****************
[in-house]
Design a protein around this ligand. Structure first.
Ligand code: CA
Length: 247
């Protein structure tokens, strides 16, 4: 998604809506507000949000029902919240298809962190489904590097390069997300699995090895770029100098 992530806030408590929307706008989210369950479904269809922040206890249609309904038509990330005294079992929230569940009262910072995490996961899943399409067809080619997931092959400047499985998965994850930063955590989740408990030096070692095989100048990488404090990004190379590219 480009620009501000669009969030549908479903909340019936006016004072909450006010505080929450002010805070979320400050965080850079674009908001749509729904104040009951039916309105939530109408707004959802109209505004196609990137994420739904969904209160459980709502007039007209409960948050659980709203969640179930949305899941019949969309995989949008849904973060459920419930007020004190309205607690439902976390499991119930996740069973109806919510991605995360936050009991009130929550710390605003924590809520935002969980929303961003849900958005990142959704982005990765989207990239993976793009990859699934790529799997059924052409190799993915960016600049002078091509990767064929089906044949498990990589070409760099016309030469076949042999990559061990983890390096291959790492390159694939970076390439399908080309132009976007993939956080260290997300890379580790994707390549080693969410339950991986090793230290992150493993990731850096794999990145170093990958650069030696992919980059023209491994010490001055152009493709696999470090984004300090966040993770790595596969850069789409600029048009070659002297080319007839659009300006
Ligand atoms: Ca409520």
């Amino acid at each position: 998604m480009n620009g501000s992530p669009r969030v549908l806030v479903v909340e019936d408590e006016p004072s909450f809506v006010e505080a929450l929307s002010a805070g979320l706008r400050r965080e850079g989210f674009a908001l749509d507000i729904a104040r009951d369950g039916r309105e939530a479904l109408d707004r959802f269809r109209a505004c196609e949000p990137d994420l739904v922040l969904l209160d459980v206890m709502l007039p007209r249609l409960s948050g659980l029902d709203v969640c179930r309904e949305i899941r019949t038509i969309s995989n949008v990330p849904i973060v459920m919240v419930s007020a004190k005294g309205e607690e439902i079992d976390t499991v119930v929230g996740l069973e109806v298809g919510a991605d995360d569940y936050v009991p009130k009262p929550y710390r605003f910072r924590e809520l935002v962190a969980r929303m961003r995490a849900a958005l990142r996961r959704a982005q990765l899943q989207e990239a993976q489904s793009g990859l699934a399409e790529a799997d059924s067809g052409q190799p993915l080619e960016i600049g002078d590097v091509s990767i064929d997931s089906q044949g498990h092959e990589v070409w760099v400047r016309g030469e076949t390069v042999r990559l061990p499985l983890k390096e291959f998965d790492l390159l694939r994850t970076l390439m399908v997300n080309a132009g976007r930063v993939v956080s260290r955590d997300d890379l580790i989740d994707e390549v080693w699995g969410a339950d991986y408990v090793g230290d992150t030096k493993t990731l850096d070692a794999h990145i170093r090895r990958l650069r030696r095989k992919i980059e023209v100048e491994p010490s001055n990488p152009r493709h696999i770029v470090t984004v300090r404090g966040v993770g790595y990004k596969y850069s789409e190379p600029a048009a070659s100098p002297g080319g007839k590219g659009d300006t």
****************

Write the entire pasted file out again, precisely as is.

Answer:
[in-house]
Design a protein around this ligand. Structure first.
Ligand code: CA
Length: 247
């Protein structure tokens, strides 16, 4: 998604809506507000949000029902919240298809962190489904590097390069997300699995090895770029100098 992530806030408590929307706008989210369950479904269809922040206890249609309904038509990330005294079992929230569940009262910072995490996961899943399409067809080619997931092959400047499985998965994850930063955590989740408990030096070692095989100048990488404090990004190379590219 480009620009501000669009969030549908479903909340019936006016004072909450006010505080929450002010805070979320400050965080850079674009908001749509729904104040009951039916309105939530109408707004959802109209505004196609990137994420739904969904209160459980709502007039007209409960948050659980709203969640179930949305899941019949969309995989949008849904973060459920419930007020004190309205607690439902976390499991119930996740069973109806919510991605995360936050009991009130929550710390605003924590809520935002969980929303961003849900958005990142959704982005990765989207990239993976793009990859699934790529799997059924052409190799993915960016600049002078091509990767064929089906044949498990990589070409760099016309030469076949042999990559061990983890390096291959790492390159694939970076390439399908080309132009976007993939956080260290997300890379580790994707390549080693969410339950991986090793230290992150493993990731850096794999990145170093990958650069030696992919980059023209491994010490001055152009493709696999470090984004300090966040993770790595596969850069789409600029048009070659002297080319007839659009300006
Ligand atoms: Ca409520």
């Amino acid at each position: 998604m480009n620009g501000s992530p669009r969030v549908l806030v479903v909340e019936d408590e006016p004072s909450f809506v006010e505080a929450l929307s002010a805070g979320l706008r400050r965080e850079g989210f674009a908001l749509d507000i729904a104040r009951d369950g039916r309105e939530a479904l109408d707004r959802f269809r109209a505004c196609e949000p990137d994420l739904v922040l969904l209160d459980v206890m709502l007039p007209r249609l409960s948050g659980l029902d709203v969640c179930r309904e949305i899941r019949t038509i969309s995989n949008v990330p849904i973060v459920m919240v419930s007020a004190k005294g309205e607690e439902i079992d976390t499991v119930v929230g996740l069973e109806v298809g919510a991605d995360d569940y936050v009991p009130k009262p929550y710390r605003f910072r924590e809520l935002v962190a969980r929303m961003r995490a849900a958005l990142r996961r959704a982005q990765l899943q989207e990239a993976q489904s793009g990859l699934a399409e790529a799997d059924s067809g052409q190799p993915l080619e960016i600049g002078d590097v091509s990767i064929d997931s089906q044949g498990h092959e990589v070409w760099v400047r016309g030469e076949t390069v042999r990559l061990p499985l983890k390096e291959f998965d790492l390159l694939r994850t970076l390439m399908v997300n080309a132009g976007r930063v993939v956080s260290r955590d997300d890379l580790i989740d994707e390549v080693w699995g969410a339950d991986y408990v090793g230290d992150t030096k493993t990731l850096d070692a794999h990145i170093r090895r990958l650069r030696r095989k992919i980059e023209v100048e491994p010490s001055n990488p152009r493709h696999i770029v470090t984004v300090r404090g966040v993770g790595y990004k596969y850069s789409e190379p600029a048009a070659s100098p002297g080319g007839k590219g659009d300006t």